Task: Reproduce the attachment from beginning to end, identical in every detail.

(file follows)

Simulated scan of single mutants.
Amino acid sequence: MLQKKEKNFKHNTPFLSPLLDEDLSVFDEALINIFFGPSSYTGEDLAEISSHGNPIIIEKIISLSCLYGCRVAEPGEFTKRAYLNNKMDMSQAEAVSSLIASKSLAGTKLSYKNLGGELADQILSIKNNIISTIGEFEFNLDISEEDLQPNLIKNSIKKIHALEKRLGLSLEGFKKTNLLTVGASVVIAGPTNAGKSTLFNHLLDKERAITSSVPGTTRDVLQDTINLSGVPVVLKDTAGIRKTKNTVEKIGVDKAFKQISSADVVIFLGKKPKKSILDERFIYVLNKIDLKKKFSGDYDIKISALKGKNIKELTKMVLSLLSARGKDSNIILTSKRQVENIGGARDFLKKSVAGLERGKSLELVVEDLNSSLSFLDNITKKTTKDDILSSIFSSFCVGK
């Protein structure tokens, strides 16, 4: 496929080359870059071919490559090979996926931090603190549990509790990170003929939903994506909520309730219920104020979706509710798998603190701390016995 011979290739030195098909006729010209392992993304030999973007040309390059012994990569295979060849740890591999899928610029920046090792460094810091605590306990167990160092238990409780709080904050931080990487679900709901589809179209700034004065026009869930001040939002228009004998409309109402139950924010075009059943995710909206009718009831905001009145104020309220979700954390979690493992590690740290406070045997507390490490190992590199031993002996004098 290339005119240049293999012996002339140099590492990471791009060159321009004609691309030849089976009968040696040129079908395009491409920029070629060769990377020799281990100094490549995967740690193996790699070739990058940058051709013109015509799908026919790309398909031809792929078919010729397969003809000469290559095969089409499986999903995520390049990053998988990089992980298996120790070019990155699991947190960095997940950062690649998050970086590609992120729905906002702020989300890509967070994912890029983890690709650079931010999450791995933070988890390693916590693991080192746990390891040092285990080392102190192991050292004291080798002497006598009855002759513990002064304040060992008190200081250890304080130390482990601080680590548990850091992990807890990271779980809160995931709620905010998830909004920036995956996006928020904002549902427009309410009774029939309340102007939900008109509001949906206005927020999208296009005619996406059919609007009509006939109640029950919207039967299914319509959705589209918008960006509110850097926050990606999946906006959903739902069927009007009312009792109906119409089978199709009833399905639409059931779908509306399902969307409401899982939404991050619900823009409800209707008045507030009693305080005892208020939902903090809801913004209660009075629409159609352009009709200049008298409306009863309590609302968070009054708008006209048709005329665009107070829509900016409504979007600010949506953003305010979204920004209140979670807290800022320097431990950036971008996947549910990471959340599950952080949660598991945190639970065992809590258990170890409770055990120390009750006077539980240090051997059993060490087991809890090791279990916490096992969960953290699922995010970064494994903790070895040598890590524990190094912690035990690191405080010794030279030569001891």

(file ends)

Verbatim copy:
Simulated scan of single mutants.
Amino acid sequence: MLQKKEKNFKHNTPFLSPLLDEDLSVFDEALINIFFGPSSYTGEDLAEISSHGNPIIIEKIISLSCLYGCRVAEPGEFTKRAYLNNKMDMSQAEAVSSLIASKSLAGTKLSYKNLGGELADQILSIKNNIISTIGEFEFNLDISEEDLQPNLIKNSIKKIHALEKRLGLSLEGFKKTNLLTVGASVVIAGPTNAGKSTLFNHLLDKERAITSSVPGTTRDVLQDTINLSGVPVVLKDTAGIRKTKNTVEKIGVDKAFKQISSADVVIFLGKKPKKSILDERFIYVLNKIDLKKKFSGDYDIKISALKGKNIKELTKMVLSLLSARGKDSNIILTSKRQVENIGGARDFLKKSVAGLERGKSLELVVEDLNSSLSFLDNITKKTTKDDILSSIFSSFCVGK
């Protein structure tokens, strides 16, 4: 496929080359870059071919490559090979996926931090603190549990509790990170003929939903994506909520309730219920104020979706509710798998603190701390016995 011979290739030195098909006729010209392992993304030999973007040309390059012994990569295979060849740890591999899928610029920046090792460094810091605590306990167990160092238990409780709080904050931080990487679900709901589809179209700034004065026009869930001040939002228009004998409309109402139950924010075009059943995710909206009718009831905001009145104020309220979700954390979690493992590690740290406070045997507390490490190992590199031993002996004098 290339005119240049293999012996002339140099590492990471791009060159321009004609691309030849089976009968040696040129079908395009491409920029070629060769990377020799281990100094490549995967740690193996790699070739990058940058051709013109015509799908026919790309398909031809792929078919010729397969003809000469290559095969089409499986999903995520390049990053998988990089992980298996120790070019990155699991947190960095997940950062690649998050970086590609992120729905906002702020989300890509967070994912890029983890690709650079931010999450791995933070988890390693916590693991080192746990390891040092285990080392102190192991050292004291080798002497006598009855002759513990002064304040060992008190200081250890304080130390482990601080680590548990850091992990807890990271779980809160995931709620905010998830909004920036995956996006928020904002549902427009309410009774029939309340102007939900008109509001949906206005927020999208296009005619996406059919609007009509006939109640029950919207039967299914319509959705589209918008960006509110850097926050990606999946906006959903739902069927009007009312009792109906119409089978199709009833399905639409059931779908509306399902969307409401899982939404991050619900823009409800209707008045507030009693305080005892208020939902903090809801913004209660009075629409159609352009009709200049008298409306009863309590609302968070009054708008006209048709005329665009107070829509900016409504979007600010949506953003305010979204920004209140979670807290800022320097431990950036971008996947549910990471959340599950952080949660598991945190639970065992809590258990170890409770055990120390009750006077539980240090051997059993060490087991809890090791279990916490096992969960953290699922995010970064494994903790070895040598890590524990190094912690035990690191405080010794030279030569001891």